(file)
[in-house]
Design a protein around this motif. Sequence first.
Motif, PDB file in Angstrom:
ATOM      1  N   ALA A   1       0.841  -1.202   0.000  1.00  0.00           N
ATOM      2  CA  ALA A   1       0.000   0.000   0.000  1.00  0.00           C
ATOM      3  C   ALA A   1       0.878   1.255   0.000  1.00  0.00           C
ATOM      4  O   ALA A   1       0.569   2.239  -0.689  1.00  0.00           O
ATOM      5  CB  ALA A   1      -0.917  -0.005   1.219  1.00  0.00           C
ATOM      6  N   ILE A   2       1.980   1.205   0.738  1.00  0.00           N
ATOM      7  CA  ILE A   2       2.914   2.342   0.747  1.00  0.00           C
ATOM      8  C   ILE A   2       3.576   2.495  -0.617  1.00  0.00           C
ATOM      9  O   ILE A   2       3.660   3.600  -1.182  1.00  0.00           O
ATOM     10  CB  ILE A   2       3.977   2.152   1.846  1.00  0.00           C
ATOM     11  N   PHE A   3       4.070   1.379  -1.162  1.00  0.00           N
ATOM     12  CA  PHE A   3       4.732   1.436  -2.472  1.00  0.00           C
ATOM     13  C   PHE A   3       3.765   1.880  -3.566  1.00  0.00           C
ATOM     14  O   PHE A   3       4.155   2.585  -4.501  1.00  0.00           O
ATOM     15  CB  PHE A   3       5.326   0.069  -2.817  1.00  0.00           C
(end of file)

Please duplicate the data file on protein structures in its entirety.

[in-house]
Design a protein around this motif. Sequence first.
Motif, PDB file in Angstrom:
ATOM      1  N   ALA A   1       0.841  -1.202   0.000  1.00  0.00           N
ATOM      2  CA  ALA A   1       0.000   0.000   0.000  1.00  0.00           C
ATOM      3  C   ALA A   1       0.878   1.255   0.000  1.00  0.00           C
ATOM      4  O   ALA A   1       0.569   2.239  -0.689  1.00  0.00           O
ATOM      5  CB  ALA A   1      -0.917  -0.005   1.219  1.00  0.00           C
ATOM      6  N   ILE A   2       1.980   1.205   0.738  1.00  0.00           N
ATOM      7  CA  ILE A   2       2.914   2.342   0.747  1.00  0.00           C
ATOM      8  C   ILE A   2       3.576   2.495  -0.617  1.00  0.00           C
ATOM      9  O   ILE A   2       3.660   3.600  -1.182  1.00  0.00           O
ATOM     10  CB  ILE A   2       3.977   2.152   1.846  1.00  0.00           C
ATOM     11  N   PHE A   3       4.070   1.379  -1.162  1.00  0.00           N
ATOM     12  CA  PHE A   3       4.732   1.436  -2.472  1.00  0.00           C
ATOM     13  C   PHE A   3       3.765   1.880  -3.566  1.00  0.00           C
ATOM     14  O   PHE A   3       4.155   2.585  -4.501  1.00  0.00           O
ATOM     15  CB  PHE A   3       5.326   0.069  -2.817  1.00  0.00           C